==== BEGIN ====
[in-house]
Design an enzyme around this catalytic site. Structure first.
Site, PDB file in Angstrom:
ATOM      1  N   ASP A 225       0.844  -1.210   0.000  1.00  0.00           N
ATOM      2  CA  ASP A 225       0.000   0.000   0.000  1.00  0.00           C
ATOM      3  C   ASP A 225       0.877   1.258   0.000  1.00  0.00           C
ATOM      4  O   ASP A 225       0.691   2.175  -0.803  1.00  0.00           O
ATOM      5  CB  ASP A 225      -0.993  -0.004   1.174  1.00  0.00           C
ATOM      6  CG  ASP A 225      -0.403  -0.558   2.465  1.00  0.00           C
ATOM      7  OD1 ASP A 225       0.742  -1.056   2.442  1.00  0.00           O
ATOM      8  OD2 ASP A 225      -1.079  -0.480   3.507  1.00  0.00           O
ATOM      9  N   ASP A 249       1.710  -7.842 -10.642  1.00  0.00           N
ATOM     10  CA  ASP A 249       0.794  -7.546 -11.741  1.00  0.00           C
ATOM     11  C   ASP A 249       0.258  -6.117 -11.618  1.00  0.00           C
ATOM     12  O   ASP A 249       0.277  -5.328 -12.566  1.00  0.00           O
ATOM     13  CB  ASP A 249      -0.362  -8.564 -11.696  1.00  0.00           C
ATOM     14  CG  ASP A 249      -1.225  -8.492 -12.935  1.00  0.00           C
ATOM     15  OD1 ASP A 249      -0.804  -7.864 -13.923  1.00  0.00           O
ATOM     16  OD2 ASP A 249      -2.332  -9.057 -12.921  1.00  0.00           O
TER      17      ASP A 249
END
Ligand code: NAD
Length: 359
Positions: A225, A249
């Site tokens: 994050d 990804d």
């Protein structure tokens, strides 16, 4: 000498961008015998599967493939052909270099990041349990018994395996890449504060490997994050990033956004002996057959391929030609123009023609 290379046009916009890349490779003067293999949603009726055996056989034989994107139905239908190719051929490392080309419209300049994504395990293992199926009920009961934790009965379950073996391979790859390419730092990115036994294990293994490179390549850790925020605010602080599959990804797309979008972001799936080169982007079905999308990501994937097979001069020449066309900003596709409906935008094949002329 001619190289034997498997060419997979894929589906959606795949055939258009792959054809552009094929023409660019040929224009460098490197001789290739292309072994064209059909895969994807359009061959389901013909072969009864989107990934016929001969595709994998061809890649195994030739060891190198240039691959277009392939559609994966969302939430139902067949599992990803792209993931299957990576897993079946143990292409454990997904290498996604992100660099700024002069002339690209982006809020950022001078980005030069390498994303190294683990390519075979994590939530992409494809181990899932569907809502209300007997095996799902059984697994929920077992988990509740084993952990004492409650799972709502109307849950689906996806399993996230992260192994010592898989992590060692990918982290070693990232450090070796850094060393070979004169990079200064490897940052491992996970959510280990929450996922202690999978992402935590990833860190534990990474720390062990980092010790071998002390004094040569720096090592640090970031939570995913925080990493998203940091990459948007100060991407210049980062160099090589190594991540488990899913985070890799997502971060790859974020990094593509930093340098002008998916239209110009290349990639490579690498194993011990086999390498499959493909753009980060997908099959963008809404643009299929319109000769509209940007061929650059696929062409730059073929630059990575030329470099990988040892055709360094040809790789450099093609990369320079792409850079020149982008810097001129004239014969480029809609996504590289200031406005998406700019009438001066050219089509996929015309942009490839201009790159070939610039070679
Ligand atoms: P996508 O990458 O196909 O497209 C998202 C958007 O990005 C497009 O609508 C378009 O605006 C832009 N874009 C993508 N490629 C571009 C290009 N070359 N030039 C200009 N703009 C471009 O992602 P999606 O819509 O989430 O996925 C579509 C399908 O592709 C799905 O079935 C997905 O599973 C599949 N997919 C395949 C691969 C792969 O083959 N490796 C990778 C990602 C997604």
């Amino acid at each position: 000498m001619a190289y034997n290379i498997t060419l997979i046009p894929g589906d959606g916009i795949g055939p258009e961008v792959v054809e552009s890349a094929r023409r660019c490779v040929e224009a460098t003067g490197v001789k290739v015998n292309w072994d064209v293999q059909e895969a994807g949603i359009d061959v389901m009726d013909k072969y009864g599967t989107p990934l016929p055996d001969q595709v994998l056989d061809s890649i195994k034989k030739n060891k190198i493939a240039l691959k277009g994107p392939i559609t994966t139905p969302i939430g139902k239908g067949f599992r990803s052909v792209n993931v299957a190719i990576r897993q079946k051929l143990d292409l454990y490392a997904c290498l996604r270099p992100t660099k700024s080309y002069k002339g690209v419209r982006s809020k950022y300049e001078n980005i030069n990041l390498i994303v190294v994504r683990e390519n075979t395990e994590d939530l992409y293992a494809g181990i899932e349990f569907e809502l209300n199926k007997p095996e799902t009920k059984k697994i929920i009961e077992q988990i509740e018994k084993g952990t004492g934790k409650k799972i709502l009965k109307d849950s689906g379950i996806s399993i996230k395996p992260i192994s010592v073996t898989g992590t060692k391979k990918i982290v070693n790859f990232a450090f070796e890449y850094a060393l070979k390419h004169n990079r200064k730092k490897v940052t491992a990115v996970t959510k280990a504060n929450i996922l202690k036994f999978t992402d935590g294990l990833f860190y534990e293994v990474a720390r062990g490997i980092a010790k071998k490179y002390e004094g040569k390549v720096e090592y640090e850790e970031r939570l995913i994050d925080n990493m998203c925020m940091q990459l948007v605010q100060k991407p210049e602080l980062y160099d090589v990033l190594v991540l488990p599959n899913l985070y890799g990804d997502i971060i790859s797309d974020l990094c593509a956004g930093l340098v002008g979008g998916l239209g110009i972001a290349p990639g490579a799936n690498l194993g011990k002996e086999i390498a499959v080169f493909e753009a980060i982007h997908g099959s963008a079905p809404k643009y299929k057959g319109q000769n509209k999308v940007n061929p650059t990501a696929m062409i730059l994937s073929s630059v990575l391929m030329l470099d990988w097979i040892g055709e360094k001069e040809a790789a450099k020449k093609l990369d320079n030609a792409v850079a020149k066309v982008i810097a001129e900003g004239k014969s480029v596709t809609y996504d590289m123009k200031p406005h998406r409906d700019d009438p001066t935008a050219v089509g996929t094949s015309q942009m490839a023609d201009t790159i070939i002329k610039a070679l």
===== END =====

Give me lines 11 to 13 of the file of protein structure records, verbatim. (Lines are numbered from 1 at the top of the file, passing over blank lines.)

ATOM      8  OD2 ASP A 225      -1.079  -0.480   3.507  1.00  0.00           O
ATOM      9  N   ASP A 249       1.710  -7.842 -10.642  1.00  0.00           N
ATOM     10  CA  ASP A 249       0.794  -7.546 -11.741  1.00  0.00           C